3 days popular7 days popular1 month popular3 months popular

ISMB assessment enables recruitment of 2-5 year olds into Phase IIb trial for next-generation single-dose cure for malaria

An Independent Safety Monitoring Board () has recommended that recruitment of patients aged 2-5 years can begin for the ongoing Phase IIb safety and efficacy trial of a single dose of the antimalarial combination therapy OZ439 (artefenomel, a novel aromatic trioxolane)/piperaquine phosphate (PQP). The based this decision on assessment of safety data from over 80 patients, deeming it well-tolerated in patients above 5 years.

The main goal of the trial is to identify the optimal dose of OZ439/PQP. The ISMB’s decision will now enable the correct dosage to be validated in the paediatric population, an important step given that the overwhelming burden of malaria is borne by children under 5 years of age.

If the programme is successful and the combination approved, it would add to the arsenal of malaria medicines. A single-dose treatment would help to improve patient compliance compared to current 3-day therapies.

The Phase IIb trial of OZ439/PQP began in July 2014 and will continue over the course of 2015 in eight countries: Benin, Burkina Faso, Colombia, DRC, Gabon, Mozambique, Uganda and Vietnam. Designed to deliver safety and efficacy data in as quickly as possible, the trial adopted a staggered approach, treating adults first, then, as sufficient safety data was obtained, extending to 5-15 year olds.

As of January 20th, 95 of the 495 patients required for the trial have been treated with the combination. Following the ISMB’s recommendation, the treatment can now also be offered to 2-5 year olds (among the primary target population for this medicine). If the ISMB then deems it to be well-tolerated in this younger and more vulnerable group, the treatment can then be offered to infants aged 6 months to 2 years, the final age group in this trial, (also among the primary target population for this medicine).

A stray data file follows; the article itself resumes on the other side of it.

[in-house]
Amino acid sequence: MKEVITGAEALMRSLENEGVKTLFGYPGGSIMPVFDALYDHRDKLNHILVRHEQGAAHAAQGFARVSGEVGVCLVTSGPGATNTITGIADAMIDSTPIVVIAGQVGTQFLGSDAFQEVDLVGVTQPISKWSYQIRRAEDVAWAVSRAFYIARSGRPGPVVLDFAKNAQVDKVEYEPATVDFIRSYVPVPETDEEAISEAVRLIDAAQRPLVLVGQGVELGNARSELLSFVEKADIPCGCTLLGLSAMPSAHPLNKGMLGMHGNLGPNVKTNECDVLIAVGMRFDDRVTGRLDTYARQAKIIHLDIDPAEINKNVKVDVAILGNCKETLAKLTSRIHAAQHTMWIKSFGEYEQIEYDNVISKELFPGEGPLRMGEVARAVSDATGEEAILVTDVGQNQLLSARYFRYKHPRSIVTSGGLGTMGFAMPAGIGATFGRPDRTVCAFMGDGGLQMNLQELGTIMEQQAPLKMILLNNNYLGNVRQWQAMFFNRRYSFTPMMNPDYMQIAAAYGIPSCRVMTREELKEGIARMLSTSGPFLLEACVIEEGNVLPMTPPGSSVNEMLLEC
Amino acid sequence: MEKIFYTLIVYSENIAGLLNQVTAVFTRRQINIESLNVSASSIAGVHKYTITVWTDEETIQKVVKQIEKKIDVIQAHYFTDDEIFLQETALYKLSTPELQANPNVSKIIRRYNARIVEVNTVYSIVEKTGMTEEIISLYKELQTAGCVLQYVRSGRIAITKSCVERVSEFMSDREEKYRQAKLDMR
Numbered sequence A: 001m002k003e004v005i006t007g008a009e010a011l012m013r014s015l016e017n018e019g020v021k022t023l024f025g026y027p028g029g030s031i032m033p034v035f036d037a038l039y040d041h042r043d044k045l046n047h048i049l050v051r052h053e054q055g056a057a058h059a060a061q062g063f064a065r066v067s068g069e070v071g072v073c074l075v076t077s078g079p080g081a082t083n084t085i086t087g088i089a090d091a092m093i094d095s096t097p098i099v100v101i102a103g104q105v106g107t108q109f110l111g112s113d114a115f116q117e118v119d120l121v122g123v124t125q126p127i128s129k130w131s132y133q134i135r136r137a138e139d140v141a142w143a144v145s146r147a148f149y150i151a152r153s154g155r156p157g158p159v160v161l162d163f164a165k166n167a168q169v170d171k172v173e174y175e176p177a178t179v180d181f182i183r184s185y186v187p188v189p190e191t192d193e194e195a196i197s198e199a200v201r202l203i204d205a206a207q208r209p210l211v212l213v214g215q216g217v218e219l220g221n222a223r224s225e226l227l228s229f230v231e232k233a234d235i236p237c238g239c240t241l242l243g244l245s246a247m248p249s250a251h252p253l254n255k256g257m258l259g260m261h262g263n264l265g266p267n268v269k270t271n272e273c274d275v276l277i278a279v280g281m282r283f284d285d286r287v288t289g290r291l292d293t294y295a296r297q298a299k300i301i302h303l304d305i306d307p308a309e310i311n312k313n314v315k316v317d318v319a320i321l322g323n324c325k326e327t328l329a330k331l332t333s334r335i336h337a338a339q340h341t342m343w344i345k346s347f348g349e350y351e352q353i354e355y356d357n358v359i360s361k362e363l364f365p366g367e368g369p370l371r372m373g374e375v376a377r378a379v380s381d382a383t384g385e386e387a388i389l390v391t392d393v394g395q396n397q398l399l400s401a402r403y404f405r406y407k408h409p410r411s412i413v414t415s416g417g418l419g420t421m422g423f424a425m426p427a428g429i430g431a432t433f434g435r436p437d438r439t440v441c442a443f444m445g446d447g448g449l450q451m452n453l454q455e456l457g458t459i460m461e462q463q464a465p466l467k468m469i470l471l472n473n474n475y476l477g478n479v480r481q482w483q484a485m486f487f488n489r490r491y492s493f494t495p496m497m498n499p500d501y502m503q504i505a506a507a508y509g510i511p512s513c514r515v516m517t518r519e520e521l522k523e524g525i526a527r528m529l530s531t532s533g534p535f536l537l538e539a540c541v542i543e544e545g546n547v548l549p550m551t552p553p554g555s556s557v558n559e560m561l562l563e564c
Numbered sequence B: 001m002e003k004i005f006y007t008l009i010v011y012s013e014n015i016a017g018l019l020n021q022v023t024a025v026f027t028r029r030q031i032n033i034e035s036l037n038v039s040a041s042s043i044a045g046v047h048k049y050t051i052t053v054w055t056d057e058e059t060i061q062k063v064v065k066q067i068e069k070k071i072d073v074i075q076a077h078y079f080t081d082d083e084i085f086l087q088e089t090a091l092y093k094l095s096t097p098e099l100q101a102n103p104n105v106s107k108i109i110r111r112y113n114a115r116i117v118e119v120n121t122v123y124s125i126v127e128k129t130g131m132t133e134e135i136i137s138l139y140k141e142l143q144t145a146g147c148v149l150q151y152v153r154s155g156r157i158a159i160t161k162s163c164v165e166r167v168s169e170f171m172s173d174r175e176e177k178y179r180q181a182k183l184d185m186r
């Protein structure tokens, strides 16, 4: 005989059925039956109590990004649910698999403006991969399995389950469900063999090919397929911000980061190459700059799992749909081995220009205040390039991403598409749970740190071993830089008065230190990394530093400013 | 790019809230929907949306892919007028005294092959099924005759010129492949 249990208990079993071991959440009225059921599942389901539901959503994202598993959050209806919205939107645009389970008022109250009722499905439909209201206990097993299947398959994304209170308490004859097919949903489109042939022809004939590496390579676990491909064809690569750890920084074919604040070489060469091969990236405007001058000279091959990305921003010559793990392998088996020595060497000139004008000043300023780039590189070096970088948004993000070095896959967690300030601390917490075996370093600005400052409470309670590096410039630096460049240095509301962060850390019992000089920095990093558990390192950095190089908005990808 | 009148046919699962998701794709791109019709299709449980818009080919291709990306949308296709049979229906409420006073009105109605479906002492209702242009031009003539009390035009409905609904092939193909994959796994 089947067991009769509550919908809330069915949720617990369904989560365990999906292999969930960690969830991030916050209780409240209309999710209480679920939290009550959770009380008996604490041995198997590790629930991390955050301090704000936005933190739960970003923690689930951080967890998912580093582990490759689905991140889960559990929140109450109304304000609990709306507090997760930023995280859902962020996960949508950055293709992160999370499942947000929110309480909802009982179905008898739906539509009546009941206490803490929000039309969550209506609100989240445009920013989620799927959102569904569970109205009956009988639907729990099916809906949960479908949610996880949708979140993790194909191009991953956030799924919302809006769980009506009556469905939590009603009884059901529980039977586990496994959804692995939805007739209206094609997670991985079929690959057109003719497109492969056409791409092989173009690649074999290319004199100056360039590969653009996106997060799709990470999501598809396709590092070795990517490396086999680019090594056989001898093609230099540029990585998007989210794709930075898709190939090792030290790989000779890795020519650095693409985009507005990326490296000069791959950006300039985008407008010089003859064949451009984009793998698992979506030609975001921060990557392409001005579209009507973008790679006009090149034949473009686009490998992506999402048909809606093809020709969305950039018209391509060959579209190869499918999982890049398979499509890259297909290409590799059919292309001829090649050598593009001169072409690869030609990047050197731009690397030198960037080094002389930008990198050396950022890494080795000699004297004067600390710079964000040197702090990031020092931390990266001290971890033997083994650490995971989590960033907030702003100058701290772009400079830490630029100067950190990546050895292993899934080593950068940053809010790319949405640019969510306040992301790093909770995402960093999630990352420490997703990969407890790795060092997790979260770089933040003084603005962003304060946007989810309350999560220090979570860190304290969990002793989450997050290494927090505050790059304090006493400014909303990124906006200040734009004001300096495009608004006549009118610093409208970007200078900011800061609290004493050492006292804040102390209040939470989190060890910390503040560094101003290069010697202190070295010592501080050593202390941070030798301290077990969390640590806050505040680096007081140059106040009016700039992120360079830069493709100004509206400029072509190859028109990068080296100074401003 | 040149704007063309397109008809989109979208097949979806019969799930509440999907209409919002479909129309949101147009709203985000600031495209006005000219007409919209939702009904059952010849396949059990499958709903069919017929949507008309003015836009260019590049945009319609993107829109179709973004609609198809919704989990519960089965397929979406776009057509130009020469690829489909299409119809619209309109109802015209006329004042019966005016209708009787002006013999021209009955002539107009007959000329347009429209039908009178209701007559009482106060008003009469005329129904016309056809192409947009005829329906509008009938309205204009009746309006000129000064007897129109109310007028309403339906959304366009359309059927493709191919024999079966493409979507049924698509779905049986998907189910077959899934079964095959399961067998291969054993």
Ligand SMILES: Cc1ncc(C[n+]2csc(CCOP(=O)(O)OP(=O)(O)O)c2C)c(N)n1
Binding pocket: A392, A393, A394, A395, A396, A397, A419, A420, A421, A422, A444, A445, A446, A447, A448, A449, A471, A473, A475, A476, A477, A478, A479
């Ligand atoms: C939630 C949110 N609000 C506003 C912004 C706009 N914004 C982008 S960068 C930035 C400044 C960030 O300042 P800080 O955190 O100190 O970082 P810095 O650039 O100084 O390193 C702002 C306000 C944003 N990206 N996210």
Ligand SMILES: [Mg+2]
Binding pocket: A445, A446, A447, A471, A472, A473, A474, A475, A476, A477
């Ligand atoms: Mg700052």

“The safety data for this innovative combination antimalarial has been assessed in more than 60 adults and 20 children aged over 5 years,” said Prof Dr Michael Ramharter, Coordinating Principal Investigator of the trial from the Medical University of Vienna and Albert Schweitzer Hospital, Lambaréné, Gabon where the first patient in this trial was enrolled. “The ISMB’s recommendation after review of this data means that we can now enrol and treat children of 5 years and under in the efficacy study. This is a significant milestone, as we move closer to developing a potential single-dose cure that can not only be used by adults but also by young children, the population hardest hit by malaria.”

“A single-dose cure would improve patient compliance considerably and would be a huge step forward for malaria treatment and its ultimate eradication,” said Professor Dr Peter Kremsner, Director of the Institute for Tropical Medicine at the University of Tübingen, Germany and Scientific Director of the Albert Schweitzer Hospital in Gabon. “That’s why testing a combination of the promising new compound, OZ439, with a known partner drug in a single-dose cure is so important. Medicines for Malaria Venture is dedicated to the eradication of this terrible disease and it’s a privilege to work with them on this study.”

“This trial is a key milestone in the development of OZ439,” said Dr David Reddy, MMV’s CEO. “Children below the age of 5 are the most vulnerable to malaria and the ISMB’s confirmation that OZ439 is sufficiently well-tolerated to be offered to this young population in a study setting is a vital step towards developing a new cure appropriate for young children. This medicine could be a game changer for malaria case-management, as it also has the potential to be the long sought-after single-dose cure. The fact that almost 100 patients required in the trial have been dosed with this new combination is real credit to our partners. I applaud each of the 10 trial sites – it is their commitment and collaboration that has enabled us to achieve this milestone.”

Source

Source: Medicines for Malaria Venture (MMV)